The finished ship is 16cm long and 9cm tall plus base. Big enough to see the detail, but small enough to fit in a display cabinet. Too small for radio control though sadly. I'd quite enjoy sailing a version twice the size. 

Meng's designer has done a cracking job to produce an identifiable, but caricatured model. I'm sure that's a lot harder then making an accurate one. I wonder if they would like to do some trains...

One part I have left off is the name "Hood" for the base. Knowing the history of the real ship, and her fate, I'm a little uncomfortable with a caricature version, so have decided that this is a model of HMS Troutbridge instead if anyone asks.

Wednesday, July 21, 2021

Assembling the Hood


In theory, the Meng kit pushes together, but in the same way I don't do plastic kits without paint, I don't do them without glue either.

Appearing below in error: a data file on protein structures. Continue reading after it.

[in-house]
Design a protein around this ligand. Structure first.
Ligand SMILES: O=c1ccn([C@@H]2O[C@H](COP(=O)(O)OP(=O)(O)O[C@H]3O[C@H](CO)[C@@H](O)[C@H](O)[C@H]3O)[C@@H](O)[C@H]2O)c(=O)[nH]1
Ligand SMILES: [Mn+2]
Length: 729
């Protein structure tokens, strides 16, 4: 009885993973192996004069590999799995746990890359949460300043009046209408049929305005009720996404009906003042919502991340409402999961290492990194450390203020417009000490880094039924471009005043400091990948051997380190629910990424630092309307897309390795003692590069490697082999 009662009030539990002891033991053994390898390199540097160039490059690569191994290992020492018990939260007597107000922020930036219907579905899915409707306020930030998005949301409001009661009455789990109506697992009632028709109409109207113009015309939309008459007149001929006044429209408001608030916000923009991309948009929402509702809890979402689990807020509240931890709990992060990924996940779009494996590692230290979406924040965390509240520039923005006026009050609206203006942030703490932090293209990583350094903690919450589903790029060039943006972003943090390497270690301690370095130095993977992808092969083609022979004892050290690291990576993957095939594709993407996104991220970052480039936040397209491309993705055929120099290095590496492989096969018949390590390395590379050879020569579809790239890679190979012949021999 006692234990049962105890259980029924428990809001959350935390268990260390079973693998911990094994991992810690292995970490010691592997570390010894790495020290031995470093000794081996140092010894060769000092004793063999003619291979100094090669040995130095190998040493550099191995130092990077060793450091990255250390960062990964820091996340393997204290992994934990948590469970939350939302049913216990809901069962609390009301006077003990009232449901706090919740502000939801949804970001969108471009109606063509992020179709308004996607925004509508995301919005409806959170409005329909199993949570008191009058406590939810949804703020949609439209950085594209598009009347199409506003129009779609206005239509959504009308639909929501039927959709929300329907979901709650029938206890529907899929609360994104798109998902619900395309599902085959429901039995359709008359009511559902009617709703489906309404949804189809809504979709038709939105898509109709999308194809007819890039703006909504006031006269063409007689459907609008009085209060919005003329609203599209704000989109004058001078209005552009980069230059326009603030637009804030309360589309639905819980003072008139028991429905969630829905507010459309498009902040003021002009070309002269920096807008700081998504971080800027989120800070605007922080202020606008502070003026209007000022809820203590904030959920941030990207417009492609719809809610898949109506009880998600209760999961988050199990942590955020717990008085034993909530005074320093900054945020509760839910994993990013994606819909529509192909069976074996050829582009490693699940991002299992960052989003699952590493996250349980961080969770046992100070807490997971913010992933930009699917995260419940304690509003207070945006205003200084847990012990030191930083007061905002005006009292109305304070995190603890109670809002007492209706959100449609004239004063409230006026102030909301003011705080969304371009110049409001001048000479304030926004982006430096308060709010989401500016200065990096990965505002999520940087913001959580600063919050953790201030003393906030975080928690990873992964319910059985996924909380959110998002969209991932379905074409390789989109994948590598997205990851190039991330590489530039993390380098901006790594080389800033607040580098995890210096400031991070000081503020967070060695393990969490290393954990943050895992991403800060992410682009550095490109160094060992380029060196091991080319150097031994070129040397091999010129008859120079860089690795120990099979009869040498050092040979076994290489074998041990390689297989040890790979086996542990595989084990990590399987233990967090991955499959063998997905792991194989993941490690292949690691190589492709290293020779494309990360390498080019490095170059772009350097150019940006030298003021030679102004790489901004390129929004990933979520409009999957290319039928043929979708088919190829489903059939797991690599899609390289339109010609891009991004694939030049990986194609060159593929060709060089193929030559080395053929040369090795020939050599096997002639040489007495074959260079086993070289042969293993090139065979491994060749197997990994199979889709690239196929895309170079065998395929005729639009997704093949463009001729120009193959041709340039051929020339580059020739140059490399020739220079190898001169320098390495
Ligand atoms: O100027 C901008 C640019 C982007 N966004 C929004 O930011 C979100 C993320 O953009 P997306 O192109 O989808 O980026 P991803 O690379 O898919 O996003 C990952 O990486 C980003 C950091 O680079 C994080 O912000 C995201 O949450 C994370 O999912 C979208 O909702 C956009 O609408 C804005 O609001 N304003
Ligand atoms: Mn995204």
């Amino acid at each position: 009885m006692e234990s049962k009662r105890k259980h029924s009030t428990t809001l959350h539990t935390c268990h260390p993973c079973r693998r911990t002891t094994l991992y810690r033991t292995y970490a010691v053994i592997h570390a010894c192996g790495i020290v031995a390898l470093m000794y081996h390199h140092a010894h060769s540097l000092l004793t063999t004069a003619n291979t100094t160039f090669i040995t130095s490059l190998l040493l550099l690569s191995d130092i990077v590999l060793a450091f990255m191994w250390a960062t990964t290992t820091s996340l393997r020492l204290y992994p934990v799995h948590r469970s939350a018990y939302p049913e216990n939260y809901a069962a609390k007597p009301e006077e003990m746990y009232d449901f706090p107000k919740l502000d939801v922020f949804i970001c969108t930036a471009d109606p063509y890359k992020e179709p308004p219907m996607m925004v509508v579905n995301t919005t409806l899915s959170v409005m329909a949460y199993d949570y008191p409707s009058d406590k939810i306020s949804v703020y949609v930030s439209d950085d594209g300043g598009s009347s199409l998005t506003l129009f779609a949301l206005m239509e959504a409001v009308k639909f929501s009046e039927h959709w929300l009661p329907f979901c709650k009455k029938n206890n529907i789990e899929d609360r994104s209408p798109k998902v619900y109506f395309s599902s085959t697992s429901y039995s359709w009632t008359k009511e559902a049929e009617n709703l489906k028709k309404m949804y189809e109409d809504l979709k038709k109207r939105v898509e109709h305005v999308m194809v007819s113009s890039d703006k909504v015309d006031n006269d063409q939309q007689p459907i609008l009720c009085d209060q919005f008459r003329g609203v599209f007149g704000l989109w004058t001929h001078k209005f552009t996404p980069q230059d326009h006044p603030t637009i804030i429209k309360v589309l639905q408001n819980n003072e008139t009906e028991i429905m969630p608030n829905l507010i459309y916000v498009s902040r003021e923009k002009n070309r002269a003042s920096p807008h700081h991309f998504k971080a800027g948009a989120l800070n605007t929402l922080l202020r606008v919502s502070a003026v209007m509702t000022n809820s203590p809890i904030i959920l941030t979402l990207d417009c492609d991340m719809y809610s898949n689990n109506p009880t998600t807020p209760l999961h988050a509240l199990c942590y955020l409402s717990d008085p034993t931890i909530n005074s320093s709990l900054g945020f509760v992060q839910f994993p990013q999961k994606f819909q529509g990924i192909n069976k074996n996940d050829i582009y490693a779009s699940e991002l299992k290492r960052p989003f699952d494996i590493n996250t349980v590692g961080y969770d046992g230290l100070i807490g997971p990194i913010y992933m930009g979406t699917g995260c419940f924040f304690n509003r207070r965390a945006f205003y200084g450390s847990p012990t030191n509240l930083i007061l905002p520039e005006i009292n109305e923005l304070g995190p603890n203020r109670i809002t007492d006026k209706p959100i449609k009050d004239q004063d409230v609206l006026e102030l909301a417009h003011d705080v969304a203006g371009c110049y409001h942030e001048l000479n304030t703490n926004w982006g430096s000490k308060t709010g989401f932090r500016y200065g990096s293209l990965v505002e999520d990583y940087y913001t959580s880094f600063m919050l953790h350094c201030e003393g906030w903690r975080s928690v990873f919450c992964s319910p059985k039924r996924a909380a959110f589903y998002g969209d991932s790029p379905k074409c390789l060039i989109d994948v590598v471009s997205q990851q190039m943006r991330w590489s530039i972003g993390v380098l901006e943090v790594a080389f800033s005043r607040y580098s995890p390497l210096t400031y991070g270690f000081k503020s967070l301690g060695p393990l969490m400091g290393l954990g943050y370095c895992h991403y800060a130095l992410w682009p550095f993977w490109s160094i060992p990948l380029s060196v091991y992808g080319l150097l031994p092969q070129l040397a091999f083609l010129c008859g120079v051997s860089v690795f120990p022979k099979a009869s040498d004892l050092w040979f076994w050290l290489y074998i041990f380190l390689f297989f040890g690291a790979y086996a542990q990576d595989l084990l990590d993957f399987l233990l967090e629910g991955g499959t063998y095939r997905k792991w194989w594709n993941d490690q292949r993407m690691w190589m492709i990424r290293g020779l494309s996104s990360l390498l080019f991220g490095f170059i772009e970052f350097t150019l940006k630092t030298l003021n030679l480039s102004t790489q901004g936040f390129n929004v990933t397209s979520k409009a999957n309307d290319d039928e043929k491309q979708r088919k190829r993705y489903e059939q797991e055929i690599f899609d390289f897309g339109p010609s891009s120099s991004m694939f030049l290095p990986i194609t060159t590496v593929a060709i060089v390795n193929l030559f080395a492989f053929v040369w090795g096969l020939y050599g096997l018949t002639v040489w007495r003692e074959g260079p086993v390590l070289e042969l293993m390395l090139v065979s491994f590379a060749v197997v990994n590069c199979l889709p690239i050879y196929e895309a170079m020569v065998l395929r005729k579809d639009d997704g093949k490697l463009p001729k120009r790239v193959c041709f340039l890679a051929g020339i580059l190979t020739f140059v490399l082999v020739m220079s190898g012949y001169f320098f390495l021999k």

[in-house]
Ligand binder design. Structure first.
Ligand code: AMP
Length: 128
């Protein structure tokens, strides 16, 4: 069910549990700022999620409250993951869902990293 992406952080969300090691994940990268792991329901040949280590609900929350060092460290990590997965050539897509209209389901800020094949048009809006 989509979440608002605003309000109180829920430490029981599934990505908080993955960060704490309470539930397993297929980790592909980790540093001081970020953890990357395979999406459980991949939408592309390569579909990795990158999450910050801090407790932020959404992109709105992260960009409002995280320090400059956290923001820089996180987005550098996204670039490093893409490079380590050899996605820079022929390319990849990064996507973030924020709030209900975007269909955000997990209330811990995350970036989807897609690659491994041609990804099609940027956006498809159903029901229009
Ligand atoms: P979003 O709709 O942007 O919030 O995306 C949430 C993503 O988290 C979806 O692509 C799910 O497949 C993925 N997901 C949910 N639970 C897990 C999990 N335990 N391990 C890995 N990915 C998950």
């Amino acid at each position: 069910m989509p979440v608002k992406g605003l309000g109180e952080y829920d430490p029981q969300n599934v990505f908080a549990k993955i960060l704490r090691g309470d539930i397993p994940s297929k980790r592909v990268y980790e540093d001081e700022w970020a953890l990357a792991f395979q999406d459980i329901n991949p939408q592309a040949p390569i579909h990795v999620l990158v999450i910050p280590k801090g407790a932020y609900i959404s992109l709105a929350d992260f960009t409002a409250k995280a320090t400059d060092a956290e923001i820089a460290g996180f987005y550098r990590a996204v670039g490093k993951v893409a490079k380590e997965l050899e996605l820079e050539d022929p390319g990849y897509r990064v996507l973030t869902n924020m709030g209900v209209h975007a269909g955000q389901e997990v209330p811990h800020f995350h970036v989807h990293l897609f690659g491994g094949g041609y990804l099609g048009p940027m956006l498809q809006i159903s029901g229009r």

Not that the model was likely to fall apart. Most of the holes into which parts are supposed to locate were on the tight side, probably not helped by a layer of paint. All needed to be slightly eased with a broach normally used for metal kits. 

The upper and lower hull parts benefited from some glue and clamping to avoid a tiny gap between them. These little clamps were just big enough to do the job. 

If you know the prototype, you can appreciate the effort the designer has gone into with the bridge area. Everything that should be there is there, just in cartoon form. The trick with the model is to pre-paint everything as the build (to my mind) needs to be very clean. I didn't plan on weathering the ship as I don't want any hint of realism about the finished product.

Tuesday, July 20, 2021

Meng cartoon "Hood"